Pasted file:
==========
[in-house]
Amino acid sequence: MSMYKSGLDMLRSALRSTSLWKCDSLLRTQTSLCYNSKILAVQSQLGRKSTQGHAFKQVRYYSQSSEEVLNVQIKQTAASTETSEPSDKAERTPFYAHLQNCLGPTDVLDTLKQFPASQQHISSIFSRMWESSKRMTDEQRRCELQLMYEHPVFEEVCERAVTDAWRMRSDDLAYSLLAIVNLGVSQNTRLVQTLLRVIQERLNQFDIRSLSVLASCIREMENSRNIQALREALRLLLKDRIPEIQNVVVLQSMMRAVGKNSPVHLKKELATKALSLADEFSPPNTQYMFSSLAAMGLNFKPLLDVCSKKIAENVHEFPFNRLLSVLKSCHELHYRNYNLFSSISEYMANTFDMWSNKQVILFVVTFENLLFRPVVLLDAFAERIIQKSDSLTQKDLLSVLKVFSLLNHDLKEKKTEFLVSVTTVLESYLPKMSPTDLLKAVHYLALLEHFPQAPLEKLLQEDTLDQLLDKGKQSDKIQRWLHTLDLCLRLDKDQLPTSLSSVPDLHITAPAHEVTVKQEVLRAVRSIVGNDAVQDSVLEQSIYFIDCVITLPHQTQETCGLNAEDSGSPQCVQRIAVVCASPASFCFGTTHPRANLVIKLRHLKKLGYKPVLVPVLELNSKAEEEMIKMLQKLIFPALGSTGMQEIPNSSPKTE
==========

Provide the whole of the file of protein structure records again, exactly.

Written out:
[in-house]
Amino acid sequence: MSMYKSGLDMLRSALRSTSLWKCDSLLRTQTSLCYNSKILAVQSQLGRKSTQGHAFKQVRYYSQSSEEVLNVQIKQTAASTETSEPSDKAERTPFYAHLQNCLGPTDVLDTLKQFPASQQHISSIFSRMWESSKRMTDEQRRCELQLMYEHPVFEEVCERAVTDAWRMRSDDLAYSLLAIVNLGVSQNTRLVQTLLRVIQERLNQFDIRSLSVLASCIREMENSRNIQALREALRLLLKDRIPEIQNVVVLQSMMRAVGKNSPVHLKKELATKALSLADEFSPPNTQYMFSSLAAMGLNFKPLLDVCSKKIAENVHEFPFNRLLSVLKSCHELHYRNYNLFSSISEYMANTFDMWSNKQVILFVVTFENLLFRPVVLLDAFAERIIQKSDSLTQKDLLSVLKVFSLLNHDLKEKKTEFLVSVTTVLESYLPKMSPTDLLKAVHYLALLEHFPQAPLEKLLQEDTLDQLLDKGKQSDKIQRWLHTLDLCLRLDKDQLPTSLSSVPDLHITAPAHEVTVKQEVLRAVRSIVGNDAVQDSVLEQSIYFIDCVITLPHQTQETCGLNAEDSGSPQCVQRIAVVCASPASFCFGTTHPRANLVIKLRHLKKLGYKPVLVPVLELNSKAEEEMIKMLQKLIFPALGSTGMQEIPNSSPKTE